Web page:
Regarding the doctors. I used to be for a short while ( quit as the cases i delt with were heartbreaking) a paralegal for a medical malpractice law firm on the plaintiff side. Meaning we represented the victims. People would be shocked how often reputable doctors accidentally kill or severely harm their patients through negligence. It always gets swept under the rug in arbitration so the public never finds out about it and their malpractice insurance covers the fines or damages awarded so it rarely directly effects them. Often they dont look back at all on their fuck ups and continue on with a cavalier attitude. I also have a problem with the for profit medical industry as it is here in the States. I dont look at doctors who prescribe treatments they make a kickback on, or that dont actually heal you so that you become a patient and a cash stream for their business, as real doctors. They're just well disguised villains too.

I also hold solidarity for you regarding PTSD. I never realized i had it myself until a friend of mine who has it from his time as a marine in fallujah told me he recognized it in me.

Looking back on my life its been a wreckage of horrors, trauma and poor decisions made by a young man without the emotional faculties to effectively deal with or address them. My biological father was extremely abusive. Emotionally, physically and sexually. By the time i was 10 i was a broken human being who stumbled through life the only way a broken soul could. And the results were disastrous.

My entire life up until a few years ago was spent in Los Angeles. I write about my crazy times there here on Hive but the reality is behind those crazy times was even deep pain, terror, depression and humiliation. I've been homeless living in cars. Had guns stuck to the side of my head for sleeping in the wrong spot. I've dumpster dived to survive. And a whole lot of other things I'd rather not remember.

I developed ptsd through all this trauma and feelings of hopelessness. I had to remove myself entirely from los angeles and my life there to begin the healing process.

To this day when i think of my life in Los angeles, if i see photos of los angeles, if i see movies filmed in los angeles i get immediately feelings of depression and panic. Ice begins to run down my veins and my stomach hurts. Im instantly brought back into that world of pain and depression. People idolize that culture and town. Its their hero. To me they are villains. And much like you i know they cant all be bad there are good things about the city, people and culture there. But still the association is forever branded in my brain.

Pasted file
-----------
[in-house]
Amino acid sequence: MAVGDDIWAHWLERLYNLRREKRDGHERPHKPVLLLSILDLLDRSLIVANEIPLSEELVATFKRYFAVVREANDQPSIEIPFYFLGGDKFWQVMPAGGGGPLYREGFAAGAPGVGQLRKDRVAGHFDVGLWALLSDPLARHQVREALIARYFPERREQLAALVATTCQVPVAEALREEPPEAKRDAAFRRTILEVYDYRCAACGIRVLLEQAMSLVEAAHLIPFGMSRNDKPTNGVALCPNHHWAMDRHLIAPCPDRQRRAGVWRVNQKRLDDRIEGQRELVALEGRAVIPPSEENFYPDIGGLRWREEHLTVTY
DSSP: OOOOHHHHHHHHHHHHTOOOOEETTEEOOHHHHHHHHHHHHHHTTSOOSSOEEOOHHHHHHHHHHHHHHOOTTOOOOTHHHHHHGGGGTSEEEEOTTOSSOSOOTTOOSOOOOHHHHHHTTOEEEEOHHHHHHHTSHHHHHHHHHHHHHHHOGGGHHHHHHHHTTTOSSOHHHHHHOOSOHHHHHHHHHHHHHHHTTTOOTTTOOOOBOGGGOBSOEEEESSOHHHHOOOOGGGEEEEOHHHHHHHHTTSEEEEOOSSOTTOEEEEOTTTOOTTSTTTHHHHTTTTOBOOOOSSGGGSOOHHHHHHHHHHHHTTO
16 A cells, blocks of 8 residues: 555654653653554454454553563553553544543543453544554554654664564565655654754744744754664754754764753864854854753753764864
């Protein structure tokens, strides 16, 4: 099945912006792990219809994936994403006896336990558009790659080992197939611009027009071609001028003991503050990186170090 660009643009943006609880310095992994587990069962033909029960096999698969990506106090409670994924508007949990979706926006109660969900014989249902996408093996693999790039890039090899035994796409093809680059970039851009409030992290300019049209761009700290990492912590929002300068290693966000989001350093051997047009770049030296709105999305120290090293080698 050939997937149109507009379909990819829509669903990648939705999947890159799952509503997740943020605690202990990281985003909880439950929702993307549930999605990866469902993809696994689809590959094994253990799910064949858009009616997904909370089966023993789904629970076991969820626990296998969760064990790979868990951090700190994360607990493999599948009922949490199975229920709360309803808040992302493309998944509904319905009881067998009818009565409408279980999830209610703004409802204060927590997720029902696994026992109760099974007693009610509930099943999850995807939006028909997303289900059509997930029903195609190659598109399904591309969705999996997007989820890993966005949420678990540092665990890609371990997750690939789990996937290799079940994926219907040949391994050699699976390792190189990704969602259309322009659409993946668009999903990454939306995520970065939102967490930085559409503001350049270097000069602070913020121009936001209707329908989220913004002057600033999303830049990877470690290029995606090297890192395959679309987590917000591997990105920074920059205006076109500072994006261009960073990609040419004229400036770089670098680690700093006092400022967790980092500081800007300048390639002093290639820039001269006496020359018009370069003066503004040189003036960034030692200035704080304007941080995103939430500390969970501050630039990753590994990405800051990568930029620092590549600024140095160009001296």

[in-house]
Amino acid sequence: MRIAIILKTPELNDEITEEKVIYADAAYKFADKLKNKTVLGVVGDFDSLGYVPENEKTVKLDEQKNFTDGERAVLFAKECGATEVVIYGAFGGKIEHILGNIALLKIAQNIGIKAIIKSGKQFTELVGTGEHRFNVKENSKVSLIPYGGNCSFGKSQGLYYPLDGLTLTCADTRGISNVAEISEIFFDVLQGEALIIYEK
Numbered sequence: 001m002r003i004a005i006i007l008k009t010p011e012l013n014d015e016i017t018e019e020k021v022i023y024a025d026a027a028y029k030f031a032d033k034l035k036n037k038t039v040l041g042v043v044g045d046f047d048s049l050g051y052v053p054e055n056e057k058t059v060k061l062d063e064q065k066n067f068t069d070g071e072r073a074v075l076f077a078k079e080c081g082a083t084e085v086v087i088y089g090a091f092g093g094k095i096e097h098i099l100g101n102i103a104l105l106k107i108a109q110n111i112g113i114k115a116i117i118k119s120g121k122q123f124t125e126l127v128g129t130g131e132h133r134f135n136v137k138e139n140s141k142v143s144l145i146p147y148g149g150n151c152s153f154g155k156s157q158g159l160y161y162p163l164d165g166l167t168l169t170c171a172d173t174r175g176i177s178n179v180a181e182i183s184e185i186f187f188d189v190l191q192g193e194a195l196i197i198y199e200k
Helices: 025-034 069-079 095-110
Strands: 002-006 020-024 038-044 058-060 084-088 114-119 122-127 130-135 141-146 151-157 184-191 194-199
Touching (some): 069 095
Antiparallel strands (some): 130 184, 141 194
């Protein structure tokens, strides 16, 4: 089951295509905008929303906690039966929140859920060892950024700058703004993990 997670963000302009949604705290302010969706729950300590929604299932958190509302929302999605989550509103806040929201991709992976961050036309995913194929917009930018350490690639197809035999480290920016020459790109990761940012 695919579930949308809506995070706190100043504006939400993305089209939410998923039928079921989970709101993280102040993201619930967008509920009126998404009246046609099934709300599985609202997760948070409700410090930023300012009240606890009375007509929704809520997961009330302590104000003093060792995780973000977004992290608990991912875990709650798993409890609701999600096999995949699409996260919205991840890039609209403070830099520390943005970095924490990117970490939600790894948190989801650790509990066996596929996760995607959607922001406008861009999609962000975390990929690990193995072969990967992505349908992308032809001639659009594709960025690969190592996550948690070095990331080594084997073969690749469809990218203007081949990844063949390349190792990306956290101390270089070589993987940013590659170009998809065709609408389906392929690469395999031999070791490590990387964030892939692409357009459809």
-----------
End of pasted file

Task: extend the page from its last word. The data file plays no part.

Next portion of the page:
I think the healing process for conditions like ptsd are a case of two steps forward one step back. They're not linear. There will be triggers that draw you back to the pain you felt then and are struggling with now. Seeing doctors being idolized during coronavirus i feel is probably a trigger for you. I'd stay away from the news to minimize that from happening. Focus on hobbies and things that heal you.

Anyways, those are my thoughts on this.

I'm always around if you want to chat. You know where to find me on discord.

Wow, I didn't know a law firm exists specifically for medical malpractice. Yeah, I actually think there's only a few malpractice happens. I mean I know there are some mistakes here and there but I've never thought there's a lot that actually severely harms patients. And they have insurance specifically for malpractice? I don't get why such exists. Those doctors who don't want to treat you right away are pretty common, sadly. :/

I understand you. I have been undiagnosed for 10 years and it was hard enough for me already.. but damn yours was so hard. Sorry to hear you had a terrible childhood and your life in LA. :( I could not imagine going through that myself.

I think the healing process for conditions like ptsd are a case of two steps forward one step back.